Notice the roman numerals above the arch – that indicated which section you were seated in. This one shows XVIII. The people of Rome had a membership and were assigned a “section”, but not a seat. Folks arrived and spent all day at the Colosseum to enjoy the games with their families.

When the roman empire fell, many people lived in the Colosseum and eventually, they took apart all the pieces that they could sell for money, specifically the metal. So, where there used to be metal “clamps” holding two blocks together are now holes in the walls. Eventually most of the marble and all of the metal used to build the Colosseum was looted.

A piece of original floor:

Under the floor was where the men who fought, the animals and the gladiators – it was dark, smelly, torch-lit and generally unpleasant. It cost thousands of dollars to bring one exotic animal to fight in the games. They wanted to show the reach and power of the roman empire so the more exotic animals they were able to bring back to Rome, the more they demonstrated their reach and their wealth.

There are conflicting stories about whether men and women (same family) sat together or not. Gladiators were the “studs” or “rockstars” of their day and one story says the men and women sat separately; the women sat in the very top rows under the awning, as far away from the Gladiators as possible. However, because the awning equipment was quite complicated to maneuver, apparently sailors had to be hired to work the system of pulleys and ropes so although the women were kept away from the Gladiators, they were close to the sailors… LOL πŸ™‚

The vestal virgins used to sit where the cross is below. Young girls were selected (it was an honor for them to be chosen) to be a Vestal Virgin and for 30 years, they served in the role. They took a vow of chastity for the duration and they were not allowed to have children. They also trained the next set of Vestal Virgins. If they broke one of the rules, they were buried alive. No mercy in those times.

Public bathroom – all located on the ground floor of the Colosseum. Everyone shared a bench and used sticks that were left in a gutter in front of the bench that had running water to clean themselves after going to the bathroom. Ew.

After the Colosseum, our guide continued on to the Roman Forum.

This is the view from the back and shows the inner ring; the outer ring was destroyed in this area. You can see the base of the outer ring still on the ground (it looks like a white curb/sidewalk in the photo below) but that’s really where the outer ring would have been:

Notice how high the door is from the ground in the below picture. That’s because back in the day, the ground actually was at the same level as the door. The columns were buried several feet in the ground to make them more solid. They never got looted because the roman people were unable to pull them down with ropes (see the indents of rings in the columns a few feet below the capitas – those were made by ropes) because they were so solid.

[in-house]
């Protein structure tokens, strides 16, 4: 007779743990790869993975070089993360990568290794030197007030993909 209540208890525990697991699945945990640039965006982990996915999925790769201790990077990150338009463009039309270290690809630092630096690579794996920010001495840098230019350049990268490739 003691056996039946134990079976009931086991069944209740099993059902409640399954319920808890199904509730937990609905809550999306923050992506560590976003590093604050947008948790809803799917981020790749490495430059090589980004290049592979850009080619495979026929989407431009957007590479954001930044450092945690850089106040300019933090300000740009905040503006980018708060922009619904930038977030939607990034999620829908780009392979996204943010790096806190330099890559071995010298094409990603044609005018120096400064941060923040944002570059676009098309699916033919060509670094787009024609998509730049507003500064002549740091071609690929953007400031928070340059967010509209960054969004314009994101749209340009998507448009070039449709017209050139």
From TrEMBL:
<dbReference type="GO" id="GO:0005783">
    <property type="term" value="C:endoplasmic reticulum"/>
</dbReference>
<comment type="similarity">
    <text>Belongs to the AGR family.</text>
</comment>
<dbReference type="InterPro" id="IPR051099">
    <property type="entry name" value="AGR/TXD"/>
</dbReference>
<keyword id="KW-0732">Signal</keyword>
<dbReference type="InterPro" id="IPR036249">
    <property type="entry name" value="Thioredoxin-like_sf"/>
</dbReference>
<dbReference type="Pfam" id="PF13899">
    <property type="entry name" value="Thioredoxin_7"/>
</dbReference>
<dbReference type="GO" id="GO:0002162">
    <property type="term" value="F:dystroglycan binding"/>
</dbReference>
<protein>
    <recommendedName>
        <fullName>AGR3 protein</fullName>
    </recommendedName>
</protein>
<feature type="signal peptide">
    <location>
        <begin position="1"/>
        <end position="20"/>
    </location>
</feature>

The bottom steps show a children’s game (getting stones in the right circle) that the kids used to play while they waited for their parents to do their shopping and socialize at the Forum.

This was interesting. At the bottom is the ancient town hall ruins and the new one was built on top of it. For 2000 years this building was used as a town hall, old and new built in the same spot:

We had lunch at Ginger Salute e Sapori; for dessert we had the best tiramisu ever.

After lunch, off to the Pantheon we went to see the inside.

View without people:

View with people:

We visited Sant’Ignazio di Loyola specifically to see the trompe l’oeil dome. The church didn’t have funds to build a dome so they hired a painter to paint one to show the effect of a dome instead.

Painting of a dome:

The last stop was a stroll to the Spanish Steps. In our confused navigation, we ended up climbing a back staircase only to find ourselves at the top of the Spanish Steps and then we climbed down them. πŸ™‚ I was winded!!!

For dinner we found a spot called Ai Tre Scalini and it was fabulous. We sat at the bar and enjoyed a glass of wine and aperitivo (snacks) while we waited for a table.

Today we had an all day tour to Naples and the ruins of Pompeii. Naples was a short city tour and wasn’t super interesting. The city itself seems to have a ton of infrastructure issues with traffic, construction, run down buildings and just too many people to accommodate everyone comfortably (excluding tourists). Β Not impressed but the main stop in Pompeii more than made up for it.

I only took a few pics of Naples:

View of Mount Vesuvius:

After a forgettable lunch in Pompeii, we finally arrived at the ruins and our guide gave us a great tour of the highlights:

Entertainment area with roman theater in the background:

Theater:

House of a wealthy family:

Crosswalk:

Many bodies were preserved in the position in which they died. Very sad.

This was hilarious – a house of leisure πŸ™‚

When you walk in, there were pictures on the walls of positions/acts like a catalog so the men could select what they wanted. It was hilarious!

Bed inside the house – normally there would be a mattress on top of the stone base:

After getting back to Roma, we found a great spot for dinner (craving pizza) called “Grazie a dio e venerdi” (Thank God it’s Friday). πŸ™‚ After dinner, we crossed the street and had gelato (again!).

We had booked a tour to skip the line to visit the Vatican Museums, Sistine Chapel and St. Peter’s Basilica. I don’t know what expectations I had really, but what we visited blew me away. We took the subway (easy to navigate and free with our Roma Pass), then walked along the Vatican wall to the tour meeting point. (Lots of pics – couldn’t help myself – sorry! But none of the Sistine Chapel – not allowed).